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Fighting Prostate Cancer by Doing Nothing

Treatment itself can be dangerous. And, scientists now say, it might not be necessary -- even for younger men.

By Susan Brink
Times Staff Writer

July 3, 2006

But for some men, neither a rush to treatment nor the old, passive wait-and-see approach is appropriate. "I spend half my time talking guys down out of the tree," Doctor Scholz says. If surgical or radiation treatment were akin to, say, treatment for basal cell carcinoma in which the common skin tumors are removed and the patient suffers no serious consequences, then early diagnosis followed by universal treatment would be a no-brainer. But with prostate cancer, the usual treatments can have emasculating side effects. "If we had a nontoxic treatment, you wouldn't care," Scholz says. "But we're making them impotent, making them leak urine."

IT was, many physicians would say, the right thing for a man of 53 to do. So Larry Cano had a prostate-specific antigen, or PSA, test. "It was 5.3," says Cano, a film producer from Newport Beach. "They say anything over 4 is noteworthy."

The noteworthy result, followed by a positive biopsy, sent Cano pinballing from surgeon to radiologist and back with what he believes, three years later, was an exaggerated sense of urgency.

He may have been right. Researchers and a few doctors are beginning to agree: Even many younger men with prostate cancer can afford to wait.

"Most of the time, I tell men that they may need treatment, but they're not going to die," says Mark Scholz, a Marina del Rey oncologist, specializing in prostate cancer. "A lot of men with low-grade cancer may not need treatment for five to 10 years."

Some may never need it.

No one initially told Cano that his prostate cancer was not an emergency, that he had time to talk to men who had been through the same diagnosis, to do his own research, to take a deep breath and think about how he wanted to live the rest of his life. No one told him that he could leave his prostate intact, right where it was, while carefully monitoring his condition and that he might be able to do that for quite a long time. Maybe forever.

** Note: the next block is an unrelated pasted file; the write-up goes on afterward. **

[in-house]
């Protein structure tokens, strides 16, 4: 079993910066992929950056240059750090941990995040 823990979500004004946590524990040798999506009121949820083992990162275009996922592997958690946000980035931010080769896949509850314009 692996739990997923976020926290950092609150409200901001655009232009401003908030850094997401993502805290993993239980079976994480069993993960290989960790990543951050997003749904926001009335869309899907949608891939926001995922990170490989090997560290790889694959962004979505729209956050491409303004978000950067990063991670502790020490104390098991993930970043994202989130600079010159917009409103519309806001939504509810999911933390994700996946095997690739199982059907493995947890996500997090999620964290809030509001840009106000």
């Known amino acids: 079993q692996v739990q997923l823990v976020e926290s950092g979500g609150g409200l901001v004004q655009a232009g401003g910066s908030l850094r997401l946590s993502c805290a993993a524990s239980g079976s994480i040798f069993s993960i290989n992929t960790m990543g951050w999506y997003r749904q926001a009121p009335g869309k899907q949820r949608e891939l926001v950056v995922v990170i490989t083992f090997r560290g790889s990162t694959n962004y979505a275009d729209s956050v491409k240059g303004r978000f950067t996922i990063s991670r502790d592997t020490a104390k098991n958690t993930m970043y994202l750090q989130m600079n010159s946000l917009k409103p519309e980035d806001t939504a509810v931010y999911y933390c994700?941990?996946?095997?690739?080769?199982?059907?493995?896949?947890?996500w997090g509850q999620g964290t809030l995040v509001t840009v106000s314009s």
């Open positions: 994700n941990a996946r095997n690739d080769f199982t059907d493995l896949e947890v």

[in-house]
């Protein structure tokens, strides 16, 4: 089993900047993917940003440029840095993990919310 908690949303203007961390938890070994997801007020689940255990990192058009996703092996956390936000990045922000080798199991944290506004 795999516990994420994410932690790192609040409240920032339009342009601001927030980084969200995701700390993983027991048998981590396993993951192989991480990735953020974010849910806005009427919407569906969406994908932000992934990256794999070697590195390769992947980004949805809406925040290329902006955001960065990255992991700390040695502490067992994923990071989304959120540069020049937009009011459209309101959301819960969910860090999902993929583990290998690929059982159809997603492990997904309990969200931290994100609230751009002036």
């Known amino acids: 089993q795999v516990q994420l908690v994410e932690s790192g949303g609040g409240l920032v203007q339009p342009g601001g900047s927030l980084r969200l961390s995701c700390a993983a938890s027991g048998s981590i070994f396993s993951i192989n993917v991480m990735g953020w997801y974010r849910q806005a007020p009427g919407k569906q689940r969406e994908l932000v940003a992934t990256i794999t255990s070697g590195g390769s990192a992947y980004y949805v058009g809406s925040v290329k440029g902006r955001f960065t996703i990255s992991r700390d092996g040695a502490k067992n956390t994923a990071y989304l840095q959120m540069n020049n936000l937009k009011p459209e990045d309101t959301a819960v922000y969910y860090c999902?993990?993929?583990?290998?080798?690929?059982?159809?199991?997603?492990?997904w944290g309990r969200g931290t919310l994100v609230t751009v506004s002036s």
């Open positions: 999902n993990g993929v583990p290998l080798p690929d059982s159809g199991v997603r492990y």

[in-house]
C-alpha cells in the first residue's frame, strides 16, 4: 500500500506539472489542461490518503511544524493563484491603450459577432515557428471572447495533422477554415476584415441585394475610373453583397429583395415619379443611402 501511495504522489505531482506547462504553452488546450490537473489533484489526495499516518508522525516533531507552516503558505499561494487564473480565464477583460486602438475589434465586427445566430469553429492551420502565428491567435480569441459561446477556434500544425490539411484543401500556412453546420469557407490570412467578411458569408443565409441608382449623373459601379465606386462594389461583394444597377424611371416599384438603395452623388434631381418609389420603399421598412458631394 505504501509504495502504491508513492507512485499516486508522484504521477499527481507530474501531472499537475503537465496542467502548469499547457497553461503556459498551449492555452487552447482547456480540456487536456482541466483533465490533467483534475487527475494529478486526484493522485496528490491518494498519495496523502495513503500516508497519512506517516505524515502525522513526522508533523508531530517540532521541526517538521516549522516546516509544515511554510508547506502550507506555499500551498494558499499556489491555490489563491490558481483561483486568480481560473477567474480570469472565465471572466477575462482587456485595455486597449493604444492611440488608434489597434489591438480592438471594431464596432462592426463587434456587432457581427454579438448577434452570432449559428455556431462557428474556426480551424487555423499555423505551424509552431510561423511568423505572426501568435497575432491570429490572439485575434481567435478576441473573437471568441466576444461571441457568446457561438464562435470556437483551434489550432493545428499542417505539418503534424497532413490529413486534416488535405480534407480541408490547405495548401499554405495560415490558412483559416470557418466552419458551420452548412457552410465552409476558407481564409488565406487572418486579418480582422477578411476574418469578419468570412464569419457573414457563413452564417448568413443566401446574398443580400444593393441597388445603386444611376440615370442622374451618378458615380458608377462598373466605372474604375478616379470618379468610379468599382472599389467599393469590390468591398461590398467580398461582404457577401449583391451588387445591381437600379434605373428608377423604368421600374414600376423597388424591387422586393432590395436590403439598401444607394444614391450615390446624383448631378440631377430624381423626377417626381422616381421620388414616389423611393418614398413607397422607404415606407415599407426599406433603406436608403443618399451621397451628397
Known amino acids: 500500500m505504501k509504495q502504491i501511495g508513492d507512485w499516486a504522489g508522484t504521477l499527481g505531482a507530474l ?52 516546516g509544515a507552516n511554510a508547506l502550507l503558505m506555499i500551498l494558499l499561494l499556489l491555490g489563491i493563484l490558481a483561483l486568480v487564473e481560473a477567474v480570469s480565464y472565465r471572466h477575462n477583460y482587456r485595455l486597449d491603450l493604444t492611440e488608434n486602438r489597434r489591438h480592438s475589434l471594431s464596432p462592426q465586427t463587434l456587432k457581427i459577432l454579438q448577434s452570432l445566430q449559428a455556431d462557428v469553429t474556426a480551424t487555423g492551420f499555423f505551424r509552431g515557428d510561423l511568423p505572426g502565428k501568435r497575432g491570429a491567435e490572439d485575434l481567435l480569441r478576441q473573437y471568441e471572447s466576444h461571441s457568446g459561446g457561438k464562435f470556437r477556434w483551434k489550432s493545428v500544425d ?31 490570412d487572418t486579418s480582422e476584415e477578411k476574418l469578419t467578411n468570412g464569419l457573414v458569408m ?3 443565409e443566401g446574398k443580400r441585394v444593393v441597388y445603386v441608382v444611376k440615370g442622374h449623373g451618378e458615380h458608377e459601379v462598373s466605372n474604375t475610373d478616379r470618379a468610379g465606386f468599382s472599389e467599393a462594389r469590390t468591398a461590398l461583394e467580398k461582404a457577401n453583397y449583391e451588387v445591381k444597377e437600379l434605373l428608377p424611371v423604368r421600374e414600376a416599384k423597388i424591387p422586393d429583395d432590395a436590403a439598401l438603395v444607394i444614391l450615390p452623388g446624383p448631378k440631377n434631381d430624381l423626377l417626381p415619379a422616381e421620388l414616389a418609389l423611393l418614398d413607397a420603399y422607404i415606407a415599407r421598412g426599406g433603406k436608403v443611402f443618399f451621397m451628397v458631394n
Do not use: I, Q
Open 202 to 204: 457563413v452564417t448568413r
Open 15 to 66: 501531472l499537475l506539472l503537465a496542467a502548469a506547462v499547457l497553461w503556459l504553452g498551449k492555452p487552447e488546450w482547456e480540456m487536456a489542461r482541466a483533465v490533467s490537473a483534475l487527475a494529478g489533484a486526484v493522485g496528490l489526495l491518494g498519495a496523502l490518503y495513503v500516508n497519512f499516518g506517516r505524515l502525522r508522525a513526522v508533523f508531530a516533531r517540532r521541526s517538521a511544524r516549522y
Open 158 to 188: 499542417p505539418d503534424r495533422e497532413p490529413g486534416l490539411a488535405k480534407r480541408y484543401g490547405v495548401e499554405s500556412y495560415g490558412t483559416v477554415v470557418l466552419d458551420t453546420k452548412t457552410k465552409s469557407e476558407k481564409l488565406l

Cano didn't fit the profile of the traditional candidate for what's called watchful waiting, an option that has become synonymous with doing nothing. That approach has been recommended for older men or those threatened by other diseases.

Men like him younger, healthier men diagnosed with earlier stages of cancer are typically urged to act quickly. They represent the changing demographic of the disease and, like Cano, often feel lucky to catch it early. Cano even made an appointment for surgery. "I thought, just buck up and get it done," he says.

But then he took some time to think again. He did a lot of reading, weighed risks and benefits, and ultimately decided on a form of waiting that is anything but passive.

What Cano chose represents the newest thinking in the disease, and the approach is so different from watchful waiting that no one calls it that any more. They call it active surveillance.

Three years later, his prostate is still where nature put it, he feels fine, and he has become a diligent student of his medically relevant numbers. So far, his cancer is not progressing.

Theoretically, half of men diagnosed with the disease have caught it early enough to at least try active surveillance. The prostate stays, and the patient and his doctors regularly hover over new test numbers and images, on the alert for any sign of change. But only about 12% of such men go that route.

Cano knows full well that he is trading the treatment risks impotence and incontinence for the risk of waiting too long and missing the best opportunity to cure his cancer. For his choice to pay off, he has to monitor his condition on a tight schedule, and be ready to act if it changes all the while hoping for the good luck of slow-growing cancer cells.

Such monitoring of early disease, increasingly debated in the inner sanctum of medical meetings and on the pages of scientific journals, rarely makes its way to the list of choices offered to patients. In fact, the number of men choosing to wait is going down, according to a federal database, even as the number of younger men with low-risk disease is going up.

No one argues that men with more advanced disease ought to make a treatment decision soon. But the growing number of men who are finding out in their 50s and 60s that they have early-stage prostate cancer are also routinely being urged toward surgery or radiation soon after diagnosis, even though medicine currently offers no way of knowing for sure who needs treatment and who doesn't.

It's little wonder, then, that about 150,000 of the 234,460 men diagnosed with the disease each year move quickly to have surgery, radiation seed implants, or one of a variety of other radiation techniques.

"Of the rest, probably about half get hormone treatments and half get watched," says Scholz, Cano's physician. Those watched are typically elderly or have other life-threatening conditions. And they are watched in the old way. "Too much waiting and not enough watching," says Peter Carroll, urologist at UC San Francisco.